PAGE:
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Want to Participate in Government Rulemaking? Here's a Guide for GCs

By Casey C. Sullivan, Esq. on July 14, 2015 | Last updated on March 21, 2019

If you're in-house in a heavily regulated industry, you know that government rulemaking can have a major impact on your business' day to day practices. But you don't have to be handling toxic waste or private medical records to have a stake in government regulation. Even a medium sized company may want to influence white collar overtime rules or Affordable Care Act regulations, for example.

In order to influence government rulemaking, you need to know how it works. Here's a quick overview:

Participating in Informal Rulemaking

The vast majority of rulemaking is informal rulemaking, which sounds more relaxed than it is. For the federal government, this process follows a fairly predictable path, governed by the requirements of the Administrative Procedure Act and any other substantive laws.

For most parties, public comment throughout the process is the primary way to impact rulemaking. You may have informal communications with regulatory agencies or even participate in negotiated rulemaking, giving you a more direct hand in the process. For companies that are considering litigating an unfavorable rule, participation throughout the process is necessary to exhaust your administrative remedies beforehand.

Overall, the rulemaking process follows these steps:

1. Initiating Events: These may be statutory mandates, the result of litigation, or stem from a public petition.

2. Notice of Proposed Rulemaking: Public notice given in the Federal Register. GCs should keep their eyes peeled for any possible rulemaking that may affect their industry.

3. Preparation of Proposed Rule: The regulatory agency begins receiving public comments on proposed rulemaking, which can be influential. Agencies may engage in negotiated rulemaking with effected parties as well.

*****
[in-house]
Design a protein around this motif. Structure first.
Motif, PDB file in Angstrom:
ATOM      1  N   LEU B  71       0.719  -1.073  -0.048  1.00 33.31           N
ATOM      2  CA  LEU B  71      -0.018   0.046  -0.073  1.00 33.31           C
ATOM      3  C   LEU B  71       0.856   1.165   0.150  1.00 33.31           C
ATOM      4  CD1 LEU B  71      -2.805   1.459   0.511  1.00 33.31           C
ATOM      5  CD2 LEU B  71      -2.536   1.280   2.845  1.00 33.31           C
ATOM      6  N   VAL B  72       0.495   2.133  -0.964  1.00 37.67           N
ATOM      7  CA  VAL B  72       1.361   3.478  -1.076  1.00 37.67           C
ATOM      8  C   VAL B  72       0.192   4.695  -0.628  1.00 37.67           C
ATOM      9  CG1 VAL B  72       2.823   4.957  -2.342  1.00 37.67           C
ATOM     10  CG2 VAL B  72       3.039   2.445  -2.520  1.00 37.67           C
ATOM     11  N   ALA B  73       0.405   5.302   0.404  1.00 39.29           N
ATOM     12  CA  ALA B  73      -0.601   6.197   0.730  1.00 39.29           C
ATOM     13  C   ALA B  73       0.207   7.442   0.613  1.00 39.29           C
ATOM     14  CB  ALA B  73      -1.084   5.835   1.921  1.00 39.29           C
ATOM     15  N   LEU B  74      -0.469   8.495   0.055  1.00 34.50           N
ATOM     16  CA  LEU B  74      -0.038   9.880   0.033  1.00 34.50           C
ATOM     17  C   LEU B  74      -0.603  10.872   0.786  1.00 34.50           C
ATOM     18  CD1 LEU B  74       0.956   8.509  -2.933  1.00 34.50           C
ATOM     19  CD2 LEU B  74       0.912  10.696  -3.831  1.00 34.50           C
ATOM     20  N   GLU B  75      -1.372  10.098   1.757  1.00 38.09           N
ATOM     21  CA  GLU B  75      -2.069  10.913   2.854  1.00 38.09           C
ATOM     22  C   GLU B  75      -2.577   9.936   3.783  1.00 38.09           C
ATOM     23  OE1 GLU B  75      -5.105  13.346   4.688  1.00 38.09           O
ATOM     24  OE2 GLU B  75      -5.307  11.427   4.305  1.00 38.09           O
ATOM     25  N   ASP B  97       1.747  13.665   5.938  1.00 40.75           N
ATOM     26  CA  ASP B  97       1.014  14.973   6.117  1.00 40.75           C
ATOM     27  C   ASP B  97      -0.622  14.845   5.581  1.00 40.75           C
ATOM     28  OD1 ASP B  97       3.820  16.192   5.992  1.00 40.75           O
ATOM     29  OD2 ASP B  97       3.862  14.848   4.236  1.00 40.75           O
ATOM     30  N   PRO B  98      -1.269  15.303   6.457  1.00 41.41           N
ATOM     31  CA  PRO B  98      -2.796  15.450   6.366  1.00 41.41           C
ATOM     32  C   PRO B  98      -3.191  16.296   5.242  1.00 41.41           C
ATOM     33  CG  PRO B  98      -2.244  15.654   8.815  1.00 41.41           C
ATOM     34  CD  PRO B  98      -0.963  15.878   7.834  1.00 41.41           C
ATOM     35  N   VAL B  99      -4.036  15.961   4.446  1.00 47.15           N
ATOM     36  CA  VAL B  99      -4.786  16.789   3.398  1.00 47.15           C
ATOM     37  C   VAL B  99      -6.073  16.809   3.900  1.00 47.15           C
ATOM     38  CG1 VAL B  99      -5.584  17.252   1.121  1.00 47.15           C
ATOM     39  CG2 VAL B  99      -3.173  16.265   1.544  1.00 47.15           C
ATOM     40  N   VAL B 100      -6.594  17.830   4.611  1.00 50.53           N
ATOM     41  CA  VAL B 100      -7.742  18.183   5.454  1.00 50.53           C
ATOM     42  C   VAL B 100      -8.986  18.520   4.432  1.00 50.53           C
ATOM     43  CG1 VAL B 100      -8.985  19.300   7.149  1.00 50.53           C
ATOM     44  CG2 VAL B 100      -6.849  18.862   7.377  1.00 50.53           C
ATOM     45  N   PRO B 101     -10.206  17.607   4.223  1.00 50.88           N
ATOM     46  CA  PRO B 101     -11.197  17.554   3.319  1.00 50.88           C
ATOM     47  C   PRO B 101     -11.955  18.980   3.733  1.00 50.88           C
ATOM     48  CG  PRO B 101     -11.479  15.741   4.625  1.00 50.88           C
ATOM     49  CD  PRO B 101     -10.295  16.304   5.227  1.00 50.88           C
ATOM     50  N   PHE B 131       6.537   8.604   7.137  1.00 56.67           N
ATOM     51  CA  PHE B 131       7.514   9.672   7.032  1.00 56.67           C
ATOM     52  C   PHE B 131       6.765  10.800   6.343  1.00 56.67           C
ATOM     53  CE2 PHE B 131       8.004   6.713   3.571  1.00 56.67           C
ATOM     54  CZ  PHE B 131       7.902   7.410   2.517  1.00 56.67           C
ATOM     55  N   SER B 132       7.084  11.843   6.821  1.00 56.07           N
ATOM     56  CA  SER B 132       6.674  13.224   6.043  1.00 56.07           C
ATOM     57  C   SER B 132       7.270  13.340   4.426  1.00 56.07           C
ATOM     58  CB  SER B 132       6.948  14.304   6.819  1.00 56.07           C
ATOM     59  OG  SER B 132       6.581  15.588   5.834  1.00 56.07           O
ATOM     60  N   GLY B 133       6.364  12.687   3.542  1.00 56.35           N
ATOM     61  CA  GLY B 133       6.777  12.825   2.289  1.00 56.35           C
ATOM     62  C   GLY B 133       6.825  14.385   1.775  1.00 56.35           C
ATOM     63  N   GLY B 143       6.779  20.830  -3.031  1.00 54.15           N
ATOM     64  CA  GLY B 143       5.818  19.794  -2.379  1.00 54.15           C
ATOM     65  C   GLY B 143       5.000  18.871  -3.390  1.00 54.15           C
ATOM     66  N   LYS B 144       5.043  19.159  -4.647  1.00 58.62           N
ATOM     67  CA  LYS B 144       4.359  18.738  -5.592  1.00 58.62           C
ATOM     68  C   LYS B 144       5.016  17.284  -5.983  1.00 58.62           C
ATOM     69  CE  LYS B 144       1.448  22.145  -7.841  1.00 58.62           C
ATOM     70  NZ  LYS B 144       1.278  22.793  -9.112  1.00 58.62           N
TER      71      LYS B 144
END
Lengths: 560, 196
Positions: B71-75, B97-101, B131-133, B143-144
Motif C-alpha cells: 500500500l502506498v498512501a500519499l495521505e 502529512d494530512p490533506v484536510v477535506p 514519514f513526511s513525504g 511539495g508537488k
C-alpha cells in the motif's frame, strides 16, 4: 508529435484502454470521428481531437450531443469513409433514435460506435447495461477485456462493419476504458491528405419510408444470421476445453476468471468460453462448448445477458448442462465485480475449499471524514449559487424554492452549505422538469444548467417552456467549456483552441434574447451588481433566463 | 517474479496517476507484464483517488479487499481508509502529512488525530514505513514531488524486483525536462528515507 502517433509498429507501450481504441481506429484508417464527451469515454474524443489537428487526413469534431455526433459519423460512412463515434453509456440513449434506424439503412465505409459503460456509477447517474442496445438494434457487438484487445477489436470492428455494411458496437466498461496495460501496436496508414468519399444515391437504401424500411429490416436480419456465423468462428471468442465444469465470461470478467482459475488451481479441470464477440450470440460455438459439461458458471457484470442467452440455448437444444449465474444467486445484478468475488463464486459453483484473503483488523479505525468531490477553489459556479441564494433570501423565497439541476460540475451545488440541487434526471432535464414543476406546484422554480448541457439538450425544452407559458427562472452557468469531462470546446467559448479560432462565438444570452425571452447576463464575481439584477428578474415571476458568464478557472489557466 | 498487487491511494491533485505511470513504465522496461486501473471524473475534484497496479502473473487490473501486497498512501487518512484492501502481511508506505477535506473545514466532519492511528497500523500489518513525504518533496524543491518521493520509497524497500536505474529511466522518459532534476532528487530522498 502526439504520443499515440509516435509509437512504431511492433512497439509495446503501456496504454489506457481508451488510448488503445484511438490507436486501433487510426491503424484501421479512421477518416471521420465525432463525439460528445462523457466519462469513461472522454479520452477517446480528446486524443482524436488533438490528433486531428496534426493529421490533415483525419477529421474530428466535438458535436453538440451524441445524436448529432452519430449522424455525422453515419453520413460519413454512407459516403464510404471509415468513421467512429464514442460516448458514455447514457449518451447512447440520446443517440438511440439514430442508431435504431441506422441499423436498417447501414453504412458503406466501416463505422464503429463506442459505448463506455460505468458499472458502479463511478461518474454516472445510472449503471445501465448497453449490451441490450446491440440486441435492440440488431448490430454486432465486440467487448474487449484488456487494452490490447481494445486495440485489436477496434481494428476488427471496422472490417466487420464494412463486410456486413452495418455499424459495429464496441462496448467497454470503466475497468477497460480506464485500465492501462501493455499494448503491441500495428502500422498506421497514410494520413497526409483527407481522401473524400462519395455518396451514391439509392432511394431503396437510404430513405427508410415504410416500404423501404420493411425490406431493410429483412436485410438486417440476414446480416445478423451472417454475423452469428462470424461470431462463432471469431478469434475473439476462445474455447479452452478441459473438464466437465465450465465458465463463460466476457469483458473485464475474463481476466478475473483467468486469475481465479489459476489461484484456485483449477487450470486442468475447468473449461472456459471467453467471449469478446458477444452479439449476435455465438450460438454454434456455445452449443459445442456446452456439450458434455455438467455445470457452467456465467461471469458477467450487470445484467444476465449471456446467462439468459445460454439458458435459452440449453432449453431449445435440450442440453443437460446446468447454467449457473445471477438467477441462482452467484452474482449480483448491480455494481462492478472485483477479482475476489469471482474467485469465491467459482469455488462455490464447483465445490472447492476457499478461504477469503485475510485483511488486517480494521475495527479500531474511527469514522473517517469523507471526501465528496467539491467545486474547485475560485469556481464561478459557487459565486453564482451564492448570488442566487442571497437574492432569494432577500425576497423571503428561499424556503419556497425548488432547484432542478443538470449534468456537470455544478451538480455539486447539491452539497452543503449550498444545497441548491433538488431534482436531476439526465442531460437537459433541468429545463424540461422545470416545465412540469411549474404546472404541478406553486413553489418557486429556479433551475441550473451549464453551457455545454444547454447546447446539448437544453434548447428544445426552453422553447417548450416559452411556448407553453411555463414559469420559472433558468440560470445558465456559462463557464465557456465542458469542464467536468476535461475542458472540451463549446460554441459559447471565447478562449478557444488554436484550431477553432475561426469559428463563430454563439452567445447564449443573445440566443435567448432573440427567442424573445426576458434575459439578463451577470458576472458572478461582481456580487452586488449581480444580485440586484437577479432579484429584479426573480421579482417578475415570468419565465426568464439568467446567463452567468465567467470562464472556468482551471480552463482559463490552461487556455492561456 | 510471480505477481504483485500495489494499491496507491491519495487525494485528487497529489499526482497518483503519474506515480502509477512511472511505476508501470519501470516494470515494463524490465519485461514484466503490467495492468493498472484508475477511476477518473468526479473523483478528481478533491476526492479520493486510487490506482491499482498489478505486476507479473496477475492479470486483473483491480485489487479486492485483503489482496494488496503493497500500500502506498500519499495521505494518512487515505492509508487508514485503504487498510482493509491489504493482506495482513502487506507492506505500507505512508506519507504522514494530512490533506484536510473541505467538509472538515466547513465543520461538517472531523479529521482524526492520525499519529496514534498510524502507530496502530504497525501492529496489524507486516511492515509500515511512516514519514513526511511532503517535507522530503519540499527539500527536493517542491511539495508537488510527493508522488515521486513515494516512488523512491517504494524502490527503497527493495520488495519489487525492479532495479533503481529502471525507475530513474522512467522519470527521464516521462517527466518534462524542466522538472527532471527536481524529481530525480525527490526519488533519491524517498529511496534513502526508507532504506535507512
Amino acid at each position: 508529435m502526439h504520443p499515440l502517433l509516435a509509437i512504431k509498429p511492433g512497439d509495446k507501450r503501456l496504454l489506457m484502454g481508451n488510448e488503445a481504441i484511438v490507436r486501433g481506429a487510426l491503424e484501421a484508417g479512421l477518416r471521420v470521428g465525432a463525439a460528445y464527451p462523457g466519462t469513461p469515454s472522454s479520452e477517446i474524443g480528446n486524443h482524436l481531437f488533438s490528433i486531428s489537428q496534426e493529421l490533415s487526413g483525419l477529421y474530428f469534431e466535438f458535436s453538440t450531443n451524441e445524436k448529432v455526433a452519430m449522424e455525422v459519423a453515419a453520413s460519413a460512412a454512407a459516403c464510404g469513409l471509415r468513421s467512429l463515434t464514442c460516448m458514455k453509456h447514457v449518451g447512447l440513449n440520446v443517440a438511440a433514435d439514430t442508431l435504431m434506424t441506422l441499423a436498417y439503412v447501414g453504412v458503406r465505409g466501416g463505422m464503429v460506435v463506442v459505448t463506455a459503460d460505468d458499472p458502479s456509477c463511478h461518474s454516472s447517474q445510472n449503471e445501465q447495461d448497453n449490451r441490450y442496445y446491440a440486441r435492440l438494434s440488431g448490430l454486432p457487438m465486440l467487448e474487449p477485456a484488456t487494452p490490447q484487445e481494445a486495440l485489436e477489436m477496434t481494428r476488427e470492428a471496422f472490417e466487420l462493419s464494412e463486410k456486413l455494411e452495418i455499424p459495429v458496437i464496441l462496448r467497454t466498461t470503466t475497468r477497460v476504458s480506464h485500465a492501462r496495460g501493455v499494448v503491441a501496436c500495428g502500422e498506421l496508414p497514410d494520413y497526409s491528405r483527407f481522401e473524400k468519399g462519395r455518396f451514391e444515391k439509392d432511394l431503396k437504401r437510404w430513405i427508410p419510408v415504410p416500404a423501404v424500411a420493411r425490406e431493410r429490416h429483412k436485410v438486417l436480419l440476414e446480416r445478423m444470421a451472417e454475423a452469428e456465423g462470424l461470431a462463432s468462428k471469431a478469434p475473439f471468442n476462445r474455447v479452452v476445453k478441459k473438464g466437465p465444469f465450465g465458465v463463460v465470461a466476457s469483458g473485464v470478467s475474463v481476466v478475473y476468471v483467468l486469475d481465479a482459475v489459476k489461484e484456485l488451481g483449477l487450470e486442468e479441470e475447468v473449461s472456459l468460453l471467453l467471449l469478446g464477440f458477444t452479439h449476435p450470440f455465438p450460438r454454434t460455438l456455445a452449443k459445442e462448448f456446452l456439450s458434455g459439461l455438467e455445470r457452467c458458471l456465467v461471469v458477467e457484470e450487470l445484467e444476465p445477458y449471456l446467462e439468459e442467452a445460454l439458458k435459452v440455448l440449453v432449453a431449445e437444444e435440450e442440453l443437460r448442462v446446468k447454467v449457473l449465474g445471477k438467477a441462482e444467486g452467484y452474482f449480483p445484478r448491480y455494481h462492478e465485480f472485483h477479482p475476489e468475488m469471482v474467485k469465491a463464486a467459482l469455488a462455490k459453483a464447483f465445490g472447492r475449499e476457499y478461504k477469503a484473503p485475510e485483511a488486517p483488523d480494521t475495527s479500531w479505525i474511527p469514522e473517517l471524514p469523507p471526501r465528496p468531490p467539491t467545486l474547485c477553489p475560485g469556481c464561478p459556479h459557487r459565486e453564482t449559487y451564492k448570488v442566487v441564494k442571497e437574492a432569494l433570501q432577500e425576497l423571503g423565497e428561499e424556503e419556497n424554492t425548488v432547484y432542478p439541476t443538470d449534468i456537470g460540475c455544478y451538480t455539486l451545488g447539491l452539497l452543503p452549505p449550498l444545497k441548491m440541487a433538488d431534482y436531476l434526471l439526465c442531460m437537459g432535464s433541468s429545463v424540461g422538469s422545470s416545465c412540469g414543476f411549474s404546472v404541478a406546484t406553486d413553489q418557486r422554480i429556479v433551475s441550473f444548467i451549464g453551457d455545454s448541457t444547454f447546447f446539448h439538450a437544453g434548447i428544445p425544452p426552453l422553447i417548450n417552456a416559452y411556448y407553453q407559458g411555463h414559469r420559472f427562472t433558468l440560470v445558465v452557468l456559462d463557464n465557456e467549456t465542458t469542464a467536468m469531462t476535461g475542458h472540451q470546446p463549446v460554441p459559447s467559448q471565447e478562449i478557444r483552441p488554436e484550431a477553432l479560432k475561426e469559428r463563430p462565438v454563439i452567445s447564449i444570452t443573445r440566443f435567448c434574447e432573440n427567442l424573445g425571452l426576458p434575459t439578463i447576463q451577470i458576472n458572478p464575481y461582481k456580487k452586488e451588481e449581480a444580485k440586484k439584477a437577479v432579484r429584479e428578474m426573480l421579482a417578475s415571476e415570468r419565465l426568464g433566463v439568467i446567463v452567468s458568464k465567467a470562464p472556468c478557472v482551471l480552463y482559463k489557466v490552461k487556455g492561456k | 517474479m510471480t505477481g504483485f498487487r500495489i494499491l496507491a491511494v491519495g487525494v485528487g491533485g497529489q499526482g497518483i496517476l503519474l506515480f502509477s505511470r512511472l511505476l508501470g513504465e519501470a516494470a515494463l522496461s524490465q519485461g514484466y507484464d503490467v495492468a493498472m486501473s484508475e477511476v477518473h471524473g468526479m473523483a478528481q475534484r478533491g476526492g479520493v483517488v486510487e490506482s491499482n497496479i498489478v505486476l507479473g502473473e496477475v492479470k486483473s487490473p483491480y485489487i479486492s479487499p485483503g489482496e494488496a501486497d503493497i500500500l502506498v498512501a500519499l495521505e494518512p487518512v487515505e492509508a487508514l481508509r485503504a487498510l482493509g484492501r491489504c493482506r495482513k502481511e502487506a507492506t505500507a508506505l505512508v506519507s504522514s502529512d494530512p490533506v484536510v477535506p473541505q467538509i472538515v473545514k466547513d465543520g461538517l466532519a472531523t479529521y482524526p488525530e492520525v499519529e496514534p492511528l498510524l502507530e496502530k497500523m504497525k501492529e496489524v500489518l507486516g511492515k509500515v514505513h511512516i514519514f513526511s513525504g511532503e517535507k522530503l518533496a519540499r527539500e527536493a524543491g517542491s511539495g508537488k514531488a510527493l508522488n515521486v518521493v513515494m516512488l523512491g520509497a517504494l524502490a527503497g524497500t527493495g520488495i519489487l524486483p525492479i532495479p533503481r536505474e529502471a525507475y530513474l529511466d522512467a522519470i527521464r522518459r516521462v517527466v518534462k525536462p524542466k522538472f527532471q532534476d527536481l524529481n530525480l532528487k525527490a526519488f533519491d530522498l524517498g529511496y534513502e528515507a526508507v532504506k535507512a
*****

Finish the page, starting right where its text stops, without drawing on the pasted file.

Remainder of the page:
4. Publication and Comment: The actual proposed rule is published in the Federal Register. The public has 60 days, generally, to comment. Comments are often detailed and specific, as they may form the basis of later litigation.

5. Preparation of Final Rule: The agency should consider and respond to public comments and integrate them, as necessary, into the rule. In some cases, the agency may revise a rule so significantly that it will essentially restart the rulemaking process.

6. Final Rule: The agency publishes the final rule, including an explanation of the rule and the reasons behind it, a response to comments and an effective date.

7. The Challenges: Don't like the rule? Well, if you haven't been able to influence it thus far, now's the time to sue. Generally, lawsuits challenging rulemaking will allege that procedural requirements weren't followed or that the reasons behind a rule don't support the conclusions reached.

That Sounds Like a Pain

Rulemaking can be a long, painstaking procedure. Outside parties will often have to compose detailed responses to the rule throughout the process. Failing to raise a complaint and put the agency on notice of an alleged failing can mean that a party won't be able to litigate that issue later on. Of course, if your legal department is too busy to handle such issue, there are plenty of lobbyists, law firms and trade associations that are happy to keep track of government rulemaking on your behalf.

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